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Brexit must be enacted by Parliament, lawyers say

Paul Hackett/Reuters
Then came the lawyers…
Published This article is more than 2 years old.

First came the Brexit demonstrators, then came the lawyers.

Acting on behalf of an unnamed group of clients, the London law firm Mishcon de Reya has launched a legal challenge to the government. It argues that Article 50—the legal process that starts a country’s withdrawal from the European Union—should not be invoked without first being debated and voted on by Parliament.

As the legal blogger David Allen Green explains, the referendum vote for Britain to leave the EU is advisory, not mandatory, and does not trigger immediate ramifications in British law. Once Article 50 is invoked (and there’s some discussion over who can in fact invoke it), the UK will have a two-year window to negotiate the terms of its departure from the EU.

Kasra Nouroozi, a partner at Mishcon de Reya, explains:

The result of the Referendum is not in doubt, but we need a process that follows UK law to enact it. The outcome of the Referendum itself is not legally binding and for the current or future Prime Minister to invoke Article 50 without the approval of Parliament is unlawful.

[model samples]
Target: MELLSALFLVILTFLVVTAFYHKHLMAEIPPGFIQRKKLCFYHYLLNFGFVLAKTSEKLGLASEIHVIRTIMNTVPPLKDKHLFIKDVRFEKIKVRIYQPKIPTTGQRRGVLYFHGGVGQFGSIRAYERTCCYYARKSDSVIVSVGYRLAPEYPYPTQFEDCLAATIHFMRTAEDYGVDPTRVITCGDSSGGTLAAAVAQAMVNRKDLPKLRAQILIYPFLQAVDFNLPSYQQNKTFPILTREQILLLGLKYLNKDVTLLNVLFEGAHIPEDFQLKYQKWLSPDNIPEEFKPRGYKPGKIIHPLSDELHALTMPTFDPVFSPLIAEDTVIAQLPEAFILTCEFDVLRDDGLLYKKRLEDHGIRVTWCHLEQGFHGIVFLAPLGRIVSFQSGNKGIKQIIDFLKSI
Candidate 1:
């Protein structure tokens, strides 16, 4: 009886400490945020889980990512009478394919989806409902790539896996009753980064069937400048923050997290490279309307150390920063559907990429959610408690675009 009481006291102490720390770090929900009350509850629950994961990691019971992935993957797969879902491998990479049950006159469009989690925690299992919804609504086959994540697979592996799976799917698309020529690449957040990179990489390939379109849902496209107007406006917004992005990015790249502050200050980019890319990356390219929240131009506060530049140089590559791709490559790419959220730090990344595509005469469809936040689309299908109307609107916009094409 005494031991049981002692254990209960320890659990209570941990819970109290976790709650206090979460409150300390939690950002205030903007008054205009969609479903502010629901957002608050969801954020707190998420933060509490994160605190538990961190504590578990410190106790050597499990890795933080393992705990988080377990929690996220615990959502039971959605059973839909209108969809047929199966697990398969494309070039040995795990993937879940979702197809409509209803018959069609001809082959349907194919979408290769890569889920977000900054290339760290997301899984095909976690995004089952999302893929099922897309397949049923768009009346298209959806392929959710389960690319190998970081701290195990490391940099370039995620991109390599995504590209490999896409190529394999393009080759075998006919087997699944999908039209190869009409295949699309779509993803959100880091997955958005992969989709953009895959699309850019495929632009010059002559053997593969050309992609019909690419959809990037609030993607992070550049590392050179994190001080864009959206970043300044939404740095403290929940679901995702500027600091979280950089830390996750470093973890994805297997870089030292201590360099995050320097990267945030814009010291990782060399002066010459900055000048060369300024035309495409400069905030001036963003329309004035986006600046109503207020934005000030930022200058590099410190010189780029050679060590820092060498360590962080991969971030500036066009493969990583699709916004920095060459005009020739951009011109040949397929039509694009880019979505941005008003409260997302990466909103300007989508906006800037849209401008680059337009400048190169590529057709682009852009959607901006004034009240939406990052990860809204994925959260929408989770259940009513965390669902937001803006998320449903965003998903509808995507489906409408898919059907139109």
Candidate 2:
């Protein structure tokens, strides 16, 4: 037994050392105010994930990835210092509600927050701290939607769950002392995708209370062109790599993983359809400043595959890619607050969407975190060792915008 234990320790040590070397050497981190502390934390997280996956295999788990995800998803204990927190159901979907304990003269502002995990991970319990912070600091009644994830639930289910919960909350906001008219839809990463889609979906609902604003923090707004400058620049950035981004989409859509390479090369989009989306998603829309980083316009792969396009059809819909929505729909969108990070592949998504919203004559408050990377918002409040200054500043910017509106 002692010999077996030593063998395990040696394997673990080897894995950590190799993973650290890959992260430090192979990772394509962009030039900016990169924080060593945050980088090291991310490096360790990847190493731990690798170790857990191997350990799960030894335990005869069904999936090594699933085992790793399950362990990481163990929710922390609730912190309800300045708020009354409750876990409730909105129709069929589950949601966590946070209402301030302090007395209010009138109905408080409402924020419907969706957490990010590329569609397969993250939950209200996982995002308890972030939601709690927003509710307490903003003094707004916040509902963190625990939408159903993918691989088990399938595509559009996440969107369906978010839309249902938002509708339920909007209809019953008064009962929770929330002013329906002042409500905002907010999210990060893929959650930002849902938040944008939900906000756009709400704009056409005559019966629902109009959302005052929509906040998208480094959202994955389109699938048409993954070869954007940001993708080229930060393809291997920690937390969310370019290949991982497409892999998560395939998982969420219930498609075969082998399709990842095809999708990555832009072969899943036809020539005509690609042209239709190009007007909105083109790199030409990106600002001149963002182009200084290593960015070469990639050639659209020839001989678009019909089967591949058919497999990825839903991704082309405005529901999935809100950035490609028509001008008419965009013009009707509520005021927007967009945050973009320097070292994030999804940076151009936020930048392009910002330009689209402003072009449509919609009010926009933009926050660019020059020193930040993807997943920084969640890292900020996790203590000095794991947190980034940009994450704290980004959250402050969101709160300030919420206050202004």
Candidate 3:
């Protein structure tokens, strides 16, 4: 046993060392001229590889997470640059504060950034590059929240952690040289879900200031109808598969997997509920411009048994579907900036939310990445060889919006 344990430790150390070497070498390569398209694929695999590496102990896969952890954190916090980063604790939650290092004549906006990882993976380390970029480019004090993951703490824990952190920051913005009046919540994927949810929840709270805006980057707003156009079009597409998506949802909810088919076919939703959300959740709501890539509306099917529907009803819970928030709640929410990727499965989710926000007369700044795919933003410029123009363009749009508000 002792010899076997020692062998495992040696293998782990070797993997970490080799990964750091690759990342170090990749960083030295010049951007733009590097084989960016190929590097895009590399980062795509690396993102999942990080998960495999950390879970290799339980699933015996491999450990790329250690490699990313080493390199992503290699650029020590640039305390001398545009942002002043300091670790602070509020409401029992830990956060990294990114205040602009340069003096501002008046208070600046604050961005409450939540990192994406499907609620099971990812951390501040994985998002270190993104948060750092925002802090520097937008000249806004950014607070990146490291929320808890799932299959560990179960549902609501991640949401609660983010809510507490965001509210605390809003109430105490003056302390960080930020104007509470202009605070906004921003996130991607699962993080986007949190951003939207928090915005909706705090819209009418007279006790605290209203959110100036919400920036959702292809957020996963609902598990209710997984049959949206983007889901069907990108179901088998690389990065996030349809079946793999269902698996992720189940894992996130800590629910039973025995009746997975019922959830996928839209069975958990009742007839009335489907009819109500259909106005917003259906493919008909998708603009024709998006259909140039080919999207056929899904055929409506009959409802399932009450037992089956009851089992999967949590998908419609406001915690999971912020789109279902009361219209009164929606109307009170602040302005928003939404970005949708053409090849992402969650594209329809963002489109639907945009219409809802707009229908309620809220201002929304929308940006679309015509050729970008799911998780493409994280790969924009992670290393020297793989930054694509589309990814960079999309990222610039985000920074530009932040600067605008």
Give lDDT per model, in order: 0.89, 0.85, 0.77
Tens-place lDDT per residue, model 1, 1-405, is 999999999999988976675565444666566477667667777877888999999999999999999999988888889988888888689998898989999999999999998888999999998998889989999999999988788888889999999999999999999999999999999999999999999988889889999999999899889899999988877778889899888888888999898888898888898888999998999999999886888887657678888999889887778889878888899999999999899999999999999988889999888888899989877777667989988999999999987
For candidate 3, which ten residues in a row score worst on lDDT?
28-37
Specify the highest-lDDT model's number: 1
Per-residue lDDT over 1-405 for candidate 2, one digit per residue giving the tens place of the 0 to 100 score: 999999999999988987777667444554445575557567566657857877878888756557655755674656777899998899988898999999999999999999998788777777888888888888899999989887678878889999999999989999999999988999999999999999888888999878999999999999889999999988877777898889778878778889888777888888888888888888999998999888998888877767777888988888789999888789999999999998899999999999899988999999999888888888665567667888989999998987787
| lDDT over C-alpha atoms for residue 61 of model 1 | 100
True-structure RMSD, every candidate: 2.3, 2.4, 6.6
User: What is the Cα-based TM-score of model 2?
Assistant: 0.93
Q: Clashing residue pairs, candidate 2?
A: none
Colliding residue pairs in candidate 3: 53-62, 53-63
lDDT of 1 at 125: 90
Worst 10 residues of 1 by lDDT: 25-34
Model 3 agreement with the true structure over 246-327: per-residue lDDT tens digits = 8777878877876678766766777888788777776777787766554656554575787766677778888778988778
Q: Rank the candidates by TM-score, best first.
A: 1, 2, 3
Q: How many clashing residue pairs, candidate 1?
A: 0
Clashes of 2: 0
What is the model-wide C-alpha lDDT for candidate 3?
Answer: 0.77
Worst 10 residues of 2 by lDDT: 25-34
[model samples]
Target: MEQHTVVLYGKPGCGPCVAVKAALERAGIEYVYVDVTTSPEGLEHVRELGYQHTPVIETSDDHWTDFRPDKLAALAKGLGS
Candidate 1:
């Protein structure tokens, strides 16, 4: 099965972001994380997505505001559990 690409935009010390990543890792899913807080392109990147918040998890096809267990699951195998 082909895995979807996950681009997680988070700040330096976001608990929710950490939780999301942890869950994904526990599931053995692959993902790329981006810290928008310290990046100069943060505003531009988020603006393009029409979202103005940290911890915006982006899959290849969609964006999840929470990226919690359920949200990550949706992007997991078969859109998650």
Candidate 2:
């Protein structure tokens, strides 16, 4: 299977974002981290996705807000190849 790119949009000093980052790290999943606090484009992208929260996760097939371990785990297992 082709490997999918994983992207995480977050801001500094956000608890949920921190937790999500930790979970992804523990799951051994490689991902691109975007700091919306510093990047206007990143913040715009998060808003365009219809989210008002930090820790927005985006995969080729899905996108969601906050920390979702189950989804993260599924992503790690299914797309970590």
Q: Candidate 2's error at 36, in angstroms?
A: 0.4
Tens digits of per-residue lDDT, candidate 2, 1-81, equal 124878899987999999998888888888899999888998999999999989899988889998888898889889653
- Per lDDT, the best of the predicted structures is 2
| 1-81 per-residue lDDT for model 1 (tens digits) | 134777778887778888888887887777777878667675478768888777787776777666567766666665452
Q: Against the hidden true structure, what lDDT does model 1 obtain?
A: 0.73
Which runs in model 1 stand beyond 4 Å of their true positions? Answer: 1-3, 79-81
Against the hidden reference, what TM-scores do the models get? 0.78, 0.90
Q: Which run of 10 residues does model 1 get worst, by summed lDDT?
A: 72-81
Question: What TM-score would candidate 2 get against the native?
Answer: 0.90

We must make sure this is done properly for the benefit of all UK citizens. Article 50 simply cannot be invoked without a full debate and vote in Parliament. Everyone in Britain needs the Government to apply the correct constitutional process and allow Parliament to fulfil its democratic duty which is to take into account the results of the Referendum along with other factors and make the ultimate decision.

With UK politics in the middle of a civil war, when Article 50 will be invoked is anyone’s guess. Andrea Leadsom, one of the candidates bidding to be the next leader of the UK’s Conservative Party, has indicated the process should start sooner rather than later, while two of her rivals, Theresa May and Michael Gove, are in favor of delaying action (paywall) until further talks have taken place.

Meanwhile, the opposition Labour Party is on the brink of implosion, and one of the architects of Brexit, UKIP’s Nigel Farage, resigned as leader of the right-wing party today (July 4).

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